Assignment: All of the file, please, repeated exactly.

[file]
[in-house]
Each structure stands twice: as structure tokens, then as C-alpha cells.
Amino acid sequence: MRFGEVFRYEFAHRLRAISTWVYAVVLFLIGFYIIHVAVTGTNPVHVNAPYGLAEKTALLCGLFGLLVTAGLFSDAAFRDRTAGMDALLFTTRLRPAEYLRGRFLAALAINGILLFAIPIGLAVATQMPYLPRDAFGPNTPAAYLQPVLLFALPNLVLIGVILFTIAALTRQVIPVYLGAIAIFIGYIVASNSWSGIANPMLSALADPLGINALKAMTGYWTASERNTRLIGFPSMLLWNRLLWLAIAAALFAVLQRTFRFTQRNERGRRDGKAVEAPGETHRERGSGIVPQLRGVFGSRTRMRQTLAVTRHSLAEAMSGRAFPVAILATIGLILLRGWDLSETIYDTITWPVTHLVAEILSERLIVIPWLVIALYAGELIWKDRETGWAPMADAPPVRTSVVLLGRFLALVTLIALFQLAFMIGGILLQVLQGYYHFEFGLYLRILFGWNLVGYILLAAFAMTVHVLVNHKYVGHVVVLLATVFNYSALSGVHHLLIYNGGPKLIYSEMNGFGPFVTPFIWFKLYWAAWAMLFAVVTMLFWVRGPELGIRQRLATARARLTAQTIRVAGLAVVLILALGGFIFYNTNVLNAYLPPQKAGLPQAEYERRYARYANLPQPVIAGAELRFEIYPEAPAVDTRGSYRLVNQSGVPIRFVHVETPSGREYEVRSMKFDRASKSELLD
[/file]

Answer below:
[in-house]
Each structure stands twice: as structure tokens, then as C-alpha cells.
Amino acid sequence: MRFGEVFRYEFAHRLRAISTWVYAVVLFLIGFYIIHVAVTGTNPVHVNAPYGLAEKTALLCGLFGLLVTAGLFSDAAFRDRTAGMDALLFTTRLRPAEYLRGRFLAALAINGILLFAIPIGLAVATQMPYLPRDAFGPNTPAAYLQPVLLFALPNLVLIGVILFTIAALTRQVIPVYLGAIAIFIGYIVASNSWSGIANPMLSALADPLGINALKAMTGYWTASERNTRLIGFPSMLLWNRLLWLAIAAALFAVLQRTFRFTQRNERGRRDGKAVEAPGETHRERGSGIVPQLRGVFGSRTRMRQTLAVTRHSLAEAMSGRAFPVAILATIGLILLRGWDLSETIYDTITWPVTHLVAEILSERLIVIPWLVIALYAGELIWKDRETGWAPMADAPPVRTSVVLLGRFLALVTLIALFQLAFMIGGILLQVLQGYYHFEFGLYLRILFGWNLVGYILLAAFAMTVHVLVNHKYVGHVVVLLATVFNYSALSGVHHLLIYNGGPKLIYSEMNGFGPFVTPFIWFKLYWAAWAMLFAVVTMLFWVRGPELGIRQRLATARARLTAQTIRVAGLAVVLILALGGFIFYNTNVLNAYLPPQKAGLPQAEYERRYARYANLPQPVIAGAELRFEIYPEAPAVDTRGSYRLVNQSGVPIRFVHVETPSGREYEVRSMKFDRASKSELLD